Every evening, at dusk, we begun burning our things: old bank statements and diaries, Buddhist family altars, wooden chopsticks, paper lanterns, photographs of our unsmiling relatives back home in the village in their strange country clothes. I watched my brother’s face turn to ash and float up into the sky. We set fire to our white silk wedding kimonos out of doors, in our apple orchards, in the furrows between the trees. We poured gasoline over our ceremonial dolls in metal trash cans in J-town back alleys. We got rid of anything that might suggest our husbands had enemy ties. Letters from our sistes. East Neighboor’s son has run away with the umbrella maker’s wife. Letters from our fathers. The trains have been electrified and now whenever you go through a tunnel you do not get soot all over your face! Letters from our mothers written to us on the day we’d left home. I can still see your footprints in the mud down by the river. And we wondered why we had insisted for so long on clinging to our strange, foreign ways. We’ve made them hate us.
Η συγγραφέας για την επιλογή της να γράψει το βιβλίο σε πρώτο πληθυντικό, αντικαθιστώντας το εγώ με το εμείς:
Would you say that The Buddha in the Attic has no central main character, or that it has many central main characters?
I’d say it has one central main character, which is everyone: the collective ‘we.’ No one ‘I’ is more important than any other.
What do you think was the benefit of writing in the ‘we’ voice, the first-person plural, as you got into the world of these mail-order brides? It’s a stylistic technique novelists rarely employ.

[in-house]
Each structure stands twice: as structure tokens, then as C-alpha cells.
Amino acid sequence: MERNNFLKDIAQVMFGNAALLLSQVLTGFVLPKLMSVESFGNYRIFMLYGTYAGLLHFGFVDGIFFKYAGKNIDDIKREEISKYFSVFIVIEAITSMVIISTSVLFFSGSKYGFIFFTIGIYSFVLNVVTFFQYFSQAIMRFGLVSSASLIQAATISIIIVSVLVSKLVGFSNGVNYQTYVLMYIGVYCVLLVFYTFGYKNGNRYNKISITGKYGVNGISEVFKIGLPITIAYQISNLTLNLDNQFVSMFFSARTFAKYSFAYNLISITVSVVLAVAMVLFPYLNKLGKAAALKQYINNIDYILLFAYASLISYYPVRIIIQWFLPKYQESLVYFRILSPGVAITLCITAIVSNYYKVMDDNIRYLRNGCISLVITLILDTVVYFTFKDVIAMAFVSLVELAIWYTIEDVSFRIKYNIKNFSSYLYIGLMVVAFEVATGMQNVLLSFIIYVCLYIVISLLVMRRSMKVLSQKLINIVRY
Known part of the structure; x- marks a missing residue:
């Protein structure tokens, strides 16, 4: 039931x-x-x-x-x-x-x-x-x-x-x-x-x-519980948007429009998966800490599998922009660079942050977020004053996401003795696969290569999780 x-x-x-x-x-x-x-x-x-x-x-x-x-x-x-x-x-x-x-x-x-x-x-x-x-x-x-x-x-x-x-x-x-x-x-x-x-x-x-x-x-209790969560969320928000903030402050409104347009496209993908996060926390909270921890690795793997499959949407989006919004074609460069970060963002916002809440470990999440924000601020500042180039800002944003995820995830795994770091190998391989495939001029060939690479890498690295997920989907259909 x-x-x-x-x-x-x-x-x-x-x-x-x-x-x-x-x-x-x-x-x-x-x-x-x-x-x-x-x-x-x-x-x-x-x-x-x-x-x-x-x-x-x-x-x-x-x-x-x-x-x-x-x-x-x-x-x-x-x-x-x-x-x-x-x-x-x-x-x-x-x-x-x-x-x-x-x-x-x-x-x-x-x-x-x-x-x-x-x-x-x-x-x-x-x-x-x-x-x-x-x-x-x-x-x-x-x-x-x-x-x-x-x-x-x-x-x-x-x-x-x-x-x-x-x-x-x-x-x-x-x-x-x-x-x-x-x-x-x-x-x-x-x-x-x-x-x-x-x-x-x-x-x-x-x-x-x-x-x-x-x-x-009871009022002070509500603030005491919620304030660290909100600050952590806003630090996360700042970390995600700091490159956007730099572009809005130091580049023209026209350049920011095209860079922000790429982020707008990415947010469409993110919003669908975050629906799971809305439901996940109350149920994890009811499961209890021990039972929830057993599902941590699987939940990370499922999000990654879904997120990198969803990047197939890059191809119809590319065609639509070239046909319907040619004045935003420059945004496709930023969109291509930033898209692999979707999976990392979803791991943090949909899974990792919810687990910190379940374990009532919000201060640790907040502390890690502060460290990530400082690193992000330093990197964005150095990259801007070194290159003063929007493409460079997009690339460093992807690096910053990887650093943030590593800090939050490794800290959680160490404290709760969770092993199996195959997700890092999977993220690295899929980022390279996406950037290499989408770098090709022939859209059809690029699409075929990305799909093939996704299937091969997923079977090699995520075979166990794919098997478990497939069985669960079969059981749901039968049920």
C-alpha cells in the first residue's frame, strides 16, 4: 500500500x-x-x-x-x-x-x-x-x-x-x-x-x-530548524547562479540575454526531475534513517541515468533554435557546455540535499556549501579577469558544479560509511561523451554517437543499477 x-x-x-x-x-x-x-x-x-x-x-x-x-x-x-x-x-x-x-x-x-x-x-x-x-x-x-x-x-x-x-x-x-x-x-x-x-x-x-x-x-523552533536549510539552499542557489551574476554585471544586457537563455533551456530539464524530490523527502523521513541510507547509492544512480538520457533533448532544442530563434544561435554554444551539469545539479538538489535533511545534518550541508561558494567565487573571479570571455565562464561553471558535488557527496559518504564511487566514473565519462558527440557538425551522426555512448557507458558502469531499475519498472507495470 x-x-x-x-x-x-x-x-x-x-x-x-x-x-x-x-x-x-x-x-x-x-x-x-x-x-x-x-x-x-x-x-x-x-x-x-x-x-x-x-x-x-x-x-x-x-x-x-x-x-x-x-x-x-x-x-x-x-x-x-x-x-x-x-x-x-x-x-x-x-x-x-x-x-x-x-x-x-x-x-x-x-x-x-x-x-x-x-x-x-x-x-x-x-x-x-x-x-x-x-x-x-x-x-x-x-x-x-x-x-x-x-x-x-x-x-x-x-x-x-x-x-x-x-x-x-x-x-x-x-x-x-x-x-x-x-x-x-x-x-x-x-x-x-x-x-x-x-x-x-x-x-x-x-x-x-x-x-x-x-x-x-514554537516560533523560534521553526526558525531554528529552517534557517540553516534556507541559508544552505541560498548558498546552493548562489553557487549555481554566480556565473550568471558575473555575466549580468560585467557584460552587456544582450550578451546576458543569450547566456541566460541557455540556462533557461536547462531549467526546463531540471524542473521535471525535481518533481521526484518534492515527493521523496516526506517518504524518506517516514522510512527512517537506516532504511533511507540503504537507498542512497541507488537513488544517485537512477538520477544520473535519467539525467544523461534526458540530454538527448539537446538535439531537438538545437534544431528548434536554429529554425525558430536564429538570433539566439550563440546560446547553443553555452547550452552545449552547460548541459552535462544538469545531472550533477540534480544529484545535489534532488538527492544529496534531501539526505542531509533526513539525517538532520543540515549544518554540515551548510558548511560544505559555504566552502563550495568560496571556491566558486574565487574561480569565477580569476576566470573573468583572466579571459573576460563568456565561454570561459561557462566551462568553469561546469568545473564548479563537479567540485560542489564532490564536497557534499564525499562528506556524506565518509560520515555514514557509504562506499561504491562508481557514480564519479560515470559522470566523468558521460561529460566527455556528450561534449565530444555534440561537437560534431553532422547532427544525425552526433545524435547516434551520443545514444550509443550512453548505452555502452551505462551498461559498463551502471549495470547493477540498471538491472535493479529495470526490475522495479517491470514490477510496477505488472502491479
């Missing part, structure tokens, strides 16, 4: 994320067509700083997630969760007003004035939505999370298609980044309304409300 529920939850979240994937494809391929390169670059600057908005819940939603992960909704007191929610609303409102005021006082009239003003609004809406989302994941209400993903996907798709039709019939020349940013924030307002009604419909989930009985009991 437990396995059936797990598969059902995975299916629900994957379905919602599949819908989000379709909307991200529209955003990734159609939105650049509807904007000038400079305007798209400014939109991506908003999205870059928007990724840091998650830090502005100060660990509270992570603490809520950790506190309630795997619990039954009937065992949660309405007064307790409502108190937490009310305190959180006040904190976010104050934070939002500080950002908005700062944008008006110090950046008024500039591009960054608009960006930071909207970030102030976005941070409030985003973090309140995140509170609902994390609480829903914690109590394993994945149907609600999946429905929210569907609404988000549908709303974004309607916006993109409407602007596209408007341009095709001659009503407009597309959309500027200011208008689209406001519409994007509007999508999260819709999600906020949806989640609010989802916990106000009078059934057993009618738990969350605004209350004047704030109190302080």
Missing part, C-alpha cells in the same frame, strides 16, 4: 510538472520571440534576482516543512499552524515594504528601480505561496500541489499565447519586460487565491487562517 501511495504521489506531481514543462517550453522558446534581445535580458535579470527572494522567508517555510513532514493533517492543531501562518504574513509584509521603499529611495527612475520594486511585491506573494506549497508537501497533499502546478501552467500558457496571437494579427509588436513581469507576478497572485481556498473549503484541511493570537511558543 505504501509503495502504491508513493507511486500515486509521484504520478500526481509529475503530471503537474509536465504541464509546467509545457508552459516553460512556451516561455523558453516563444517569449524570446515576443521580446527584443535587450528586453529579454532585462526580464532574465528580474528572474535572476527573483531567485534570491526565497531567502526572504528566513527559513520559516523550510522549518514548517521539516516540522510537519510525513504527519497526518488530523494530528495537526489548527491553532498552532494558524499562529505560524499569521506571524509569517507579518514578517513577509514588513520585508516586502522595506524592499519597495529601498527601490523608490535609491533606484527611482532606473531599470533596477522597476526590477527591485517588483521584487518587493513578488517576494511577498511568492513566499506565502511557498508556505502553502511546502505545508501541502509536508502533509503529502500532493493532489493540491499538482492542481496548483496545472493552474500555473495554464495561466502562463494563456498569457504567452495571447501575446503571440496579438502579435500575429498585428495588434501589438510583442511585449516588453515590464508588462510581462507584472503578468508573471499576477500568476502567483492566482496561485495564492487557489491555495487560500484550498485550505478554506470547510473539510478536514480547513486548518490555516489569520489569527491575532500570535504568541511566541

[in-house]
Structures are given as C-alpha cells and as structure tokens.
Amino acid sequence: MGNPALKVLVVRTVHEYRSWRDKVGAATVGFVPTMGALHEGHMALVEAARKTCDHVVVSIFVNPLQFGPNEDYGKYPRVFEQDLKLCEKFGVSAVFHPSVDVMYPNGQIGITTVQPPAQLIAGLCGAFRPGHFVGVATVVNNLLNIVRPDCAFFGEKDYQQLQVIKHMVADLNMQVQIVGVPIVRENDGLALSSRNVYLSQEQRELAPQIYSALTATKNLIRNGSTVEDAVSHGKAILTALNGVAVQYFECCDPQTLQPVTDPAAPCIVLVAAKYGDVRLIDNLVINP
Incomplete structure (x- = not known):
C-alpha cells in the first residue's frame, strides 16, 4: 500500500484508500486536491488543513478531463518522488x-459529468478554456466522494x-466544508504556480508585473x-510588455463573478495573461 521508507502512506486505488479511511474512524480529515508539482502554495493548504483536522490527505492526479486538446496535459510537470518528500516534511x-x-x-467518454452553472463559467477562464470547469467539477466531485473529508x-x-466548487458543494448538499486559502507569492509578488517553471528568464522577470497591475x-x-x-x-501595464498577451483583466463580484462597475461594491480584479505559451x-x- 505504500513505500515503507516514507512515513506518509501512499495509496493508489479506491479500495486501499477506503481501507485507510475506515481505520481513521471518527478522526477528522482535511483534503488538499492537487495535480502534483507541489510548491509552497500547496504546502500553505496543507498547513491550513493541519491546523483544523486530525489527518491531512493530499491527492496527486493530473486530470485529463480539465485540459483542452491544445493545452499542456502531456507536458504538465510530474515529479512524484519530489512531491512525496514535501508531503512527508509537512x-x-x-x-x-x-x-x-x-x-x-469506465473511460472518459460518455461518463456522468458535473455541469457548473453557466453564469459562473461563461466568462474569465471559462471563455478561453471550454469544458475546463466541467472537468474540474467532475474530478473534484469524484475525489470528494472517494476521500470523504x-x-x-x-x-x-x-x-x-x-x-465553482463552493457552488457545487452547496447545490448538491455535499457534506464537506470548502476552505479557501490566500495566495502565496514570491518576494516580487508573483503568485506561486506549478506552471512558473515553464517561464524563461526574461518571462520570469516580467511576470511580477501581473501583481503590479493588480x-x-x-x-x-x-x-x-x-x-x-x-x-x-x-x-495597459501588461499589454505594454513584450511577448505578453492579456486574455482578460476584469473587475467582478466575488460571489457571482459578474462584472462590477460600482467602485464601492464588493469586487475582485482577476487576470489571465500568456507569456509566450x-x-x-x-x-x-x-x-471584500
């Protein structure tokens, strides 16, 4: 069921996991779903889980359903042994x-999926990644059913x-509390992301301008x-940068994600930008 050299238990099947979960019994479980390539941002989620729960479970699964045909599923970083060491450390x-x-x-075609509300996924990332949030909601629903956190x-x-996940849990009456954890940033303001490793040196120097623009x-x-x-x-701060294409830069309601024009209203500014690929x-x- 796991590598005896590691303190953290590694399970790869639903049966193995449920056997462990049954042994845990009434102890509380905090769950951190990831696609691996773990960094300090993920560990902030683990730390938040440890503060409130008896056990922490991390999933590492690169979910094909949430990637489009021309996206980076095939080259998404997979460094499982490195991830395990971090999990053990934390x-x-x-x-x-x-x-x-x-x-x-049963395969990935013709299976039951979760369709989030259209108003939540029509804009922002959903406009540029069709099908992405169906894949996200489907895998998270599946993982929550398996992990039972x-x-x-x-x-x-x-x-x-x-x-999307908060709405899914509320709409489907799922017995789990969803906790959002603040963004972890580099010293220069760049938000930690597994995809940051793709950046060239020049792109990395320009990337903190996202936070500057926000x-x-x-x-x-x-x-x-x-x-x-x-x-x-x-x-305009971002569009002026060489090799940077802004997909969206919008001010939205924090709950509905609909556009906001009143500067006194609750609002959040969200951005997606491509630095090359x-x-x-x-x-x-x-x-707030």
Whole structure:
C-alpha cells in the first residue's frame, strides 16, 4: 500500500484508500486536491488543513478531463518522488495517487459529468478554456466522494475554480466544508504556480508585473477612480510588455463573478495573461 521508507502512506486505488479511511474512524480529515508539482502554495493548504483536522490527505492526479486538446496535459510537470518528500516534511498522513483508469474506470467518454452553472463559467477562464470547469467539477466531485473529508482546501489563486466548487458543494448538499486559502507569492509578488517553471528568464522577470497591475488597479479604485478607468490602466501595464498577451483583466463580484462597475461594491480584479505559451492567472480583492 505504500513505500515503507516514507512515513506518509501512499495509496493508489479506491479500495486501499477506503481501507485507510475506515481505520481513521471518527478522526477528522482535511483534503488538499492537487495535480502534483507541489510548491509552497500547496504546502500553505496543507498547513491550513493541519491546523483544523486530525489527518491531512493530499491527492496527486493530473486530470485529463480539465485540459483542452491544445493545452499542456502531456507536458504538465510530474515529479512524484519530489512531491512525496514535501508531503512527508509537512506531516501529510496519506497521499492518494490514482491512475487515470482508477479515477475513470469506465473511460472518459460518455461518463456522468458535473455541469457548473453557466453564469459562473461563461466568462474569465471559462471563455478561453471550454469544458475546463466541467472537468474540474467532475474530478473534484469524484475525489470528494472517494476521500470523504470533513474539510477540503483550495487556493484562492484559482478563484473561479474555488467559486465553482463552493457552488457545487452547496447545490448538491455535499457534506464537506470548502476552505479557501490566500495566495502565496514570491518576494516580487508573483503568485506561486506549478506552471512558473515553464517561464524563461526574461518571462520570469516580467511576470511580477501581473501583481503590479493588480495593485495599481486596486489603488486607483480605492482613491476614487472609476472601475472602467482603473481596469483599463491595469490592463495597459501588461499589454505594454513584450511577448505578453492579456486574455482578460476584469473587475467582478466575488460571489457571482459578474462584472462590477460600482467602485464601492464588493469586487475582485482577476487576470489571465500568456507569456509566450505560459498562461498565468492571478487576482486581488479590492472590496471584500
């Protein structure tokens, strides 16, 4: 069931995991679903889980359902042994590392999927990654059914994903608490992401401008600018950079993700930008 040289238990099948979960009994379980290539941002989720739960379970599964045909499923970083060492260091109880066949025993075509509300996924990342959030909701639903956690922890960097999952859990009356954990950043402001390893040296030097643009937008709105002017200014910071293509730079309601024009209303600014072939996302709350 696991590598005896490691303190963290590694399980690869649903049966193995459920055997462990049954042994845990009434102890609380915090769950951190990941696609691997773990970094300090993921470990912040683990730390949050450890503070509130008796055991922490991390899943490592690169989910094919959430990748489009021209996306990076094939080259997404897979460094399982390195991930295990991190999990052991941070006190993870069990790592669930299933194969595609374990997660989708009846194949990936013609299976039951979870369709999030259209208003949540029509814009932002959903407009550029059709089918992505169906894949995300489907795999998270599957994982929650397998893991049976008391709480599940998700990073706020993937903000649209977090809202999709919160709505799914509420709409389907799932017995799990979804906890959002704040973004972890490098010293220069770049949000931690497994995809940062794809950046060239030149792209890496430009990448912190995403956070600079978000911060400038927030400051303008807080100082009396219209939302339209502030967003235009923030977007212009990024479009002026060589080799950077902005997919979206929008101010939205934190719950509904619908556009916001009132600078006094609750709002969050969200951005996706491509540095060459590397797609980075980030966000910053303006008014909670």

Using the ‘we’ voice allowed me to tell a much larger story than I would have been able to tell otherwise. At first I tried telling the story from the point of view of a single picture bride, but this approach felt too narrow and confining. In my research, I had run across so many fascinating stories, and I wanted to tell them all. Using the ‘we’ voice allowed me to weave them all in. It’s a very capacious and infinitely expandable voice. Each sentence gives you a brief window into somebody’s life – it’s like catching a glimpse of someone’s house from a train – and then we move on.
Also, since Japan is a very group-oriented culture (my father, who immigrated from Japan after World War II, once said to me, ‘Japan is the opposite of America’ – meaning, I think, that here in America, the emphasis is on the individual), it made sense to speak of the picture brides as a collective entity.
Ολόκληρη η συνέντευξη εδώ.